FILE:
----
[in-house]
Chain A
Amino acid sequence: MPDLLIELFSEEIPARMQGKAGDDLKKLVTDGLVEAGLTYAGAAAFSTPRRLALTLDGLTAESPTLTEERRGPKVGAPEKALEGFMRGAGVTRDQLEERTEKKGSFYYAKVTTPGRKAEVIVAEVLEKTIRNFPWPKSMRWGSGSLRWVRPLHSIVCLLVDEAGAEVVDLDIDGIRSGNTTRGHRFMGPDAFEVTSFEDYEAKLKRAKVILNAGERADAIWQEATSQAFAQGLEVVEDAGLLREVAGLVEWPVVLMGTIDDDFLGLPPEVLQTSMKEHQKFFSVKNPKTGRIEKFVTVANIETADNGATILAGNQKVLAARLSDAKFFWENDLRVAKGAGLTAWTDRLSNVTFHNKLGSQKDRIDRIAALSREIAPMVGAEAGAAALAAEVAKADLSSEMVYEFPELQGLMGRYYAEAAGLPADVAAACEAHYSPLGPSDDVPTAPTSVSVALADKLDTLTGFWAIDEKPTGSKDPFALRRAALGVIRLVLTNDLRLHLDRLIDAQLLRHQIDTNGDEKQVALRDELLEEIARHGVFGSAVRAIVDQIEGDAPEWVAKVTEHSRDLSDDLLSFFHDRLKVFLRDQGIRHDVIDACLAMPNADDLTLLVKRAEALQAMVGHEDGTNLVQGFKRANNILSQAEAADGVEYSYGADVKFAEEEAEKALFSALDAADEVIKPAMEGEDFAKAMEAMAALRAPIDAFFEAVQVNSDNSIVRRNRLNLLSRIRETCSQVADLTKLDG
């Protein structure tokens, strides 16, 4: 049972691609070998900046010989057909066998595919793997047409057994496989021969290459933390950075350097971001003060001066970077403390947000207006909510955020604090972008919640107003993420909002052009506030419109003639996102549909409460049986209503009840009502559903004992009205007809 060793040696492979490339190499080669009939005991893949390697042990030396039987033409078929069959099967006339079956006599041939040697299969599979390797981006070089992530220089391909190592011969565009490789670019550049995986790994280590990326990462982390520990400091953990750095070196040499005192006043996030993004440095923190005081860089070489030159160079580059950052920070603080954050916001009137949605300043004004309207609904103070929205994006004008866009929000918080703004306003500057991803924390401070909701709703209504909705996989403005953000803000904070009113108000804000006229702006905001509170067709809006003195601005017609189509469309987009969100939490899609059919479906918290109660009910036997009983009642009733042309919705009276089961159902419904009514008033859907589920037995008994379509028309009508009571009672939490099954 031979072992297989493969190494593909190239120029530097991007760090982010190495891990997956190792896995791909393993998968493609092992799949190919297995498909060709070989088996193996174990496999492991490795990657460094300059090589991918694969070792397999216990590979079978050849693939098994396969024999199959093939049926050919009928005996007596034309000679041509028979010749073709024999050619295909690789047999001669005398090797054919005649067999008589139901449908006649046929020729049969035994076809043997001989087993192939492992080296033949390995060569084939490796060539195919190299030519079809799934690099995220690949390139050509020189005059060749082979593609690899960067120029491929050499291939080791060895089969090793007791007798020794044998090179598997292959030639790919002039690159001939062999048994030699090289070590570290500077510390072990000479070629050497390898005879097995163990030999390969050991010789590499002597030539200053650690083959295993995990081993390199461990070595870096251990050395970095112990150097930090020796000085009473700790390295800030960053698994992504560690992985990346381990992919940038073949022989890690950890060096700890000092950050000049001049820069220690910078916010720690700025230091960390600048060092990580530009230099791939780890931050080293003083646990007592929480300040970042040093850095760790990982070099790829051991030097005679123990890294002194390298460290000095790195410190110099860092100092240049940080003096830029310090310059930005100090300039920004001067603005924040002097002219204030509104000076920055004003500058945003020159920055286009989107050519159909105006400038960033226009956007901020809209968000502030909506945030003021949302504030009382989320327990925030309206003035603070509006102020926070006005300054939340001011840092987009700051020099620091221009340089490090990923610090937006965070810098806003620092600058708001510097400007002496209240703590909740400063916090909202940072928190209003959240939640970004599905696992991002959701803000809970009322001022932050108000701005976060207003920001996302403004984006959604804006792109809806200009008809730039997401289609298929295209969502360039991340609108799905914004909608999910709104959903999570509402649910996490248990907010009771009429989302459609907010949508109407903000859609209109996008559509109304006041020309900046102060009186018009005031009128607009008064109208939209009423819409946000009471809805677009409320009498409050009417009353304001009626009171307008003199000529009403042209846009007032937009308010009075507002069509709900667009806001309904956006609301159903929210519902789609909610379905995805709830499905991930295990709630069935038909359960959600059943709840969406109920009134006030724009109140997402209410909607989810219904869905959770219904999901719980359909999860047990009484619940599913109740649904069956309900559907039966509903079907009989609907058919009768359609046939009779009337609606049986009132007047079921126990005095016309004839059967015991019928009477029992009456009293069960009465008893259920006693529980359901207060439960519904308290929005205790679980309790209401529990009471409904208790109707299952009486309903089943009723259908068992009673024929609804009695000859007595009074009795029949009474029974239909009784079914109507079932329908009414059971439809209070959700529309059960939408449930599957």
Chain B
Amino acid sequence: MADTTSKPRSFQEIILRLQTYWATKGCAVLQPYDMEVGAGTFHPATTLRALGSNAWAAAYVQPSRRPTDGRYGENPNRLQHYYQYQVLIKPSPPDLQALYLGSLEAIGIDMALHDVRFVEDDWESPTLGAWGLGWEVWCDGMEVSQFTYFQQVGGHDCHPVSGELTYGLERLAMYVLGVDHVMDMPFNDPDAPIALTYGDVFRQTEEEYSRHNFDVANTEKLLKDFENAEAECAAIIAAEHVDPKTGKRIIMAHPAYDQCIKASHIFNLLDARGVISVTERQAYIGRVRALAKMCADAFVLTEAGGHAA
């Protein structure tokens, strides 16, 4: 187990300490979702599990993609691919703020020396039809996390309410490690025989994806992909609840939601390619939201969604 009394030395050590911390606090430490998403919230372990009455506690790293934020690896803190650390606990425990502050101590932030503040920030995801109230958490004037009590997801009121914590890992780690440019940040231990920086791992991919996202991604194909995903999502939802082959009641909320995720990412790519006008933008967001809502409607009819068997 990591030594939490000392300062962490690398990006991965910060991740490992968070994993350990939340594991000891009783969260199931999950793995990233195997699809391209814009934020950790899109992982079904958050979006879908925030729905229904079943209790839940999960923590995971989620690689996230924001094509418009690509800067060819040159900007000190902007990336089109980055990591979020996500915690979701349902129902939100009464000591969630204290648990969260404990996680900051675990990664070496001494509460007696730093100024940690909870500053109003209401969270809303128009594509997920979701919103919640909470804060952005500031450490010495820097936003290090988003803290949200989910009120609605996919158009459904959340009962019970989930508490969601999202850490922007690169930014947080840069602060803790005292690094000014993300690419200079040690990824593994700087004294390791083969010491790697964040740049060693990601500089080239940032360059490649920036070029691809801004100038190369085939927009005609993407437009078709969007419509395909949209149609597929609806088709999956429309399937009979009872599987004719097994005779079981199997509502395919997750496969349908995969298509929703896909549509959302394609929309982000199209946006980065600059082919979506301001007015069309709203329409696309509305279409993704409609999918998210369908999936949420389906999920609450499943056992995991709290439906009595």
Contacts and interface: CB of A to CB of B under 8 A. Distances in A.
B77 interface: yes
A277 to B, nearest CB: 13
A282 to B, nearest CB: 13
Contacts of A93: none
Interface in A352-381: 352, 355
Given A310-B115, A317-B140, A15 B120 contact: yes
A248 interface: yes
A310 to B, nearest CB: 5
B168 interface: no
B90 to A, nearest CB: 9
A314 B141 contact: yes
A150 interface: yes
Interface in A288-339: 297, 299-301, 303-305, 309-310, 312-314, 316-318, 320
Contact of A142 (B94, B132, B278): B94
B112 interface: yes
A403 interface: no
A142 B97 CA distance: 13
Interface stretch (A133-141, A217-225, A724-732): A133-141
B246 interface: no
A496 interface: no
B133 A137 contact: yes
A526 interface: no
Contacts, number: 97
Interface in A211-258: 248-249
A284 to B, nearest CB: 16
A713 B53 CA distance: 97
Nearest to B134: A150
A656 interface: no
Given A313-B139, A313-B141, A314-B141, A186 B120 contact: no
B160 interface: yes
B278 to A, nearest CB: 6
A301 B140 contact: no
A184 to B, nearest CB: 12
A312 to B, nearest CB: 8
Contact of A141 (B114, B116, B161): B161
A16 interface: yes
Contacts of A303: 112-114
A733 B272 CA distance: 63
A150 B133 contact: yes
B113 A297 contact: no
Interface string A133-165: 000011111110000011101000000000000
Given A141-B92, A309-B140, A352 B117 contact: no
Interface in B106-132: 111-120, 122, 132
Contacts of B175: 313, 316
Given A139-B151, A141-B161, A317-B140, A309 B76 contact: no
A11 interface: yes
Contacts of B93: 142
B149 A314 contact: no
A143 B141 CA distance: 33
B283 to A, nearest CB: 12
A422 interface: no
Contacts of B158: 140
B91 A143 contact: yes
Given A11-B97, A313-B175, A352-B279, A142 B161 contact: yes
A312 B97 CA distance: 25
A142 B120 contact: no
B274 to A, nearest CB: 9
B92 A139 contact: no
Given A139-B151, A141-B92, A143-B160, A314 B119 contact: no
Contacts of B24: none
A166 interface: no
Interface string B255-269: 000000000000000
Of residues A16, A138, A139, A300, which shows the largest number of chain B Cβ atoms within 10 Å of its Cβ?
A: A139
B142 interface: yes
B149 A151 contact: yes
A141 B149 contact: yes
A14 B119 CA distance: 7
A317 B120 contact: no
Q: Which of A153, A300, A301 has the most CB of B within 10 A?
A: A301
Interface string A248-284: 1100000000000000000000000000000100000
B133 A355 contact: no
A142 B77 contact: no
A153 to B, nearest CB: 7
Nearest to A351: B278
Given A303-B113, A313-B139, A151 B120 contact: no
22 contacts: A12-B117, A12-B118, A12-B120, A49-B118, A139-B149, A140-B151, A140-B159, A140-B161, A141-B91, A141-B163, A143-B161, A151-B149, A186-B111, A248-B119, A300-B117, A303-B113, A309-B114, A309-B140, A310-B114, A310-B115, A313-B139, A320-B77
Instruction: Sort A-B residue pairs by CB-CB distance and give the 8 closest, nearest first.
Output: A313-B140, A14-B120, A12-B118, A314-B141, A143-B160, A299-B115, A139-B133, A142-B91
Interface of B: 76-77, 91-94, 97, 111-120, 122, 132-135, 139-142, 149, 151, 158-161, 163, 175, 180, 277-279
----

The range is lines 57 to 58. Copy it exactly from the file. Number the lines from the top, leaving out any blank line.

A143 B141 CA distance: 33
B283 to A, nearest CB: 12